• Carl De Keyzer

    Rimba 2008
    ©Carl De Keyzer - Magnum

Carl De Keyzer - Congo (belge)

On the occasion of the 50th anniversary of the Congo's independence, Noorderlicht Photogallery is presenting two exhibitions dealing with the country. After Congo belge en images, a selection of historical photographs from the period when the Congo was the personal possession of King Leopold II, the exhibition Congo (belge) begins on August 14. In it the Magnum photographer Carl De Keyzer sketches a penetrating picture of the remnants of the Belgian colonial past in the contemporary Congo.

 Working from the Guide du Voyageur au Congo, a 1958 travel guide, between 2006 and 2008 De Keyzer sought out the tourist attractions of the colonial Congo. That was far from simple. Roads had disappeared, whole regions were inaccessible, and the omnipresent corruption and bureaucracy made the whole enterprise a contemporary journey into the unexpected.

What particularly struck De Keyzer was the scope of the colonial system. The Belgians were able to leave an abiding stamp on a territory that was eighty times as large as their own country. ‘It is amazing to see, on the spot, how purposefully the colonial system was imposed,’ says De Keyzer. ‘You land in a city or town in the jungle, and each and every time there is the church, the mission station, the trading station, the Belgian neighbourhood. Everything is linked together, by wire and road, with the one primary purpose of getting the lucrative raw materials to the ocean.’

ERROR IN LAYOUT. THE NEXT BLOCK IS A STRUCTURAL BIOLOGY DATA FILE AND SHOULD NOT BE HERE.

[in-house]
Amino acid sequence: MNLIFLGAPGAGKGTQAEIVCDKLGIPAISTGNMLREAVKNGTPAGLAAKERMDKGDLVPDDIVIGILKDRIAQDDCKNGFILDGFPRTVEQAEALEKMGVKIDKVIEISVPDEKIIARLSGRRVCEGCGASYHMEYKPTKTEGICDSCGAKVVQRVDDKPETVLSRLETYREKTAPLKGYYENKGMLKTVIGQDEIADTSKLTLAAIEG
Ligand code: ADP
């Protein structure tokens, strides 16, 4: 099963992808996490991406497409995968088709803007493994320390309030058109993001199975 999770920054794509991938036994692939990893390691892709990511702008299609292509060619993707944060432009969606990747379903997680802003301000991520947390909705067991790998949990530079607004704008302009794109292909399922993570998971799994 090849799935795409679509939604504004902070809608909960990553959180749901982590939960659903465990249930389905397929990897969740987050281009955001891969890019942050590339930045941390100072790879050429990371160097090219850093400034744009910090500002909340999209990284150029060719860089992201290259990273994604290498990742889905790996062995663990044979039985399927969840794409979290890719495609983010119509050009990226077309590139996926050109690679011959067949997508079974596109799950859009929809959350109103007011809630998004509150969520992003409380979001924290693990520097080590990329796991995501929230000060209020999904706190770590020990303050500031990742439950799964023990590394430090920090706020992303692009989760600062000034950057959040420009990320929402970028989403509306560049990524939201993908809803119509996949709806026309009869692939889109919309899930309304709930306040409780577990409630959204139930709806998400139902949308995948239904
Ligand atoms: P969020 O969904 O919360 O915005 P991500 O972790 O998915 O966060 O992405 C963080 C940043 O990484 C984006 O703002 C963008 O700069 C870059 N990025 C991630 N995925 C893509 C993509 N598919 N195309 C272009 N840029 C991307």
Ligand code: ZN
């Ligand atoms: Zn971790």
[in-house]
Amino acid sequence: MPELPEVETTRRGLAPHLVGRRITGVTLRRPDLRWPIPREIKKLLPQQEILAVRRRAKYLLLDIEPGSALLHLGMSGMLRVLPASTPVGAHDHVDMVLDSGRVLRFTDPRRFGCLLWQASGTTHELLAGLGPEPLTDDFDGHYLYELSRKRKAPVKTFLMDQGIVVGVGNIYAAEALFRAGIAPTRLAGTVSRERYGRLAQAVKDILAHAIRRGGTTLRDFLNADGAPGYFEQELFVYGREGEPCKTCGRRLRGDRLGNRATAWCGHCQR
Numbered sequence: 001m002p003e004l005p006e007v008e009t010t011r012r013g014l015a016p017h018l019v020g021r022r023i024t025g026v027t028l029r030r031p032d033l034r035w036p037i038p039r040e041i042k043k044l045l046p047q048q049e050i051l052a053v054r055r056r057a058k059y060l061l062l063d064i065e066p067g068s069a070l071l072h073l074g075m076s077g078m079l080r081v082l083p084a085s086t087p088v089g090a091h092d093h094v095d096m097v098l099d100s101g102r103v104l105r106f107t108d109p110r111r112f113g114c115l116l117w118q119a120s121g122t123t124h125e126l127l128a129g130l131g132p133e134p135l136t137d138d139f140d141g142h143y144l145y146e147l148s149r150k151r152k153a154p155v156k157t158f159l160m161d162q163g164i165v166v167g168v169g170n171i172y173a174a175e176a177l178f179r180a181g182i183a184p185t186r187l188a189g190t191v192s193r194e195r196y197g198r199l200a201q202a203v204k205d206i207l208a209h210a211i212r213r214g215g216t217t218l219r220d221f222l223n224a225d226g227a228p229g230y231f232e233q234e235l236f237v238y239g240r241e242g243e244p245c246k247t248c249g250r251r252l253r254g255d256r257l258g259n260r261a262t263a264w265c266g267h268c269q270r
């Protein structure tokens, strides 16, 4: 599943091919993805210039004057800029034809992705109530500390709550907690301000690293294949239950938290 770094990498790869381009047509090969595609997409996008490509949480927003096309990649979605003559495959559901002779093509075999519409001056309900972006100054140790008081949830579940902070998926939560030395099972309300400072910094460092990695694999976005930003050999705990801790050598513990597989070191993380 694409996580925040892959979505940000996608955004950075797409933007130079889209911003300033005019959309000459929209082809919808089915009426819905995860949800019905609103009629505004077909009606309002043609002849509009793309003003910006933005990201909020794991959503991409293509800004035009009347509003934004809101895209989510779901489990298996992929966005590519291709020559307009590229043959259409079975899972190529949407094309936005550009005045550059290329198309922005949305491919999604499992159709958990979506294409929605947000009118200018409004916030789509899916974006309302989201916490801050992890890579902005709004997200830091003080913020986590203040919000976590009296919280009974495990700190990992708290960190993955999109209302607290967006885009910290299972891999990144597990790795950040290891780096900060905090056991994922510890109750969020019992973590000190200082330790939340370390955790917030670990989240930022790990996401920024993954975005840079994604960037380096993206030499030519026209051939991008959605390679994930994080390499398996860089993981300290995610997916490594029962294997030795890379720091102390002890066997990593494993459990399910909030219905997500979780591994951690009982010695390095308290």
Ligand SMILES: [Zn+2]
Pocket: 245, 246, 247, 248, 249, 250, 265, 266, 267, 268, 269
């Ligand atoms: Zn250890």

Congo (belge)

In Congo (belge) De Keyzer connects this colonial legacy to the chaos and disintegration in the modern Congo. As the backdrop in his photographs, the architectural and infrastructural remains provide a surreal dimension. The ruins in the idyllic landscape and the new uses to which the old structures have been put – with no small effort and invention – wryly symbolise the desperate condition of the country. This makes Congo (belge) a unique exhibition, which confronts us with the way in which a colonial heritage continues to make itself felt, mentally and materially, even a half-century after independence.

The exhibition will be opened on Friday, 13 August, at 5:00 p.m., by Frits Gierstberg, director of exhibitions at the Nederlands Fotomuseum in Rotterdam, and endowed professor of Photography at Erasmus University, Rotterdam. Carl De Keyzer will be present.

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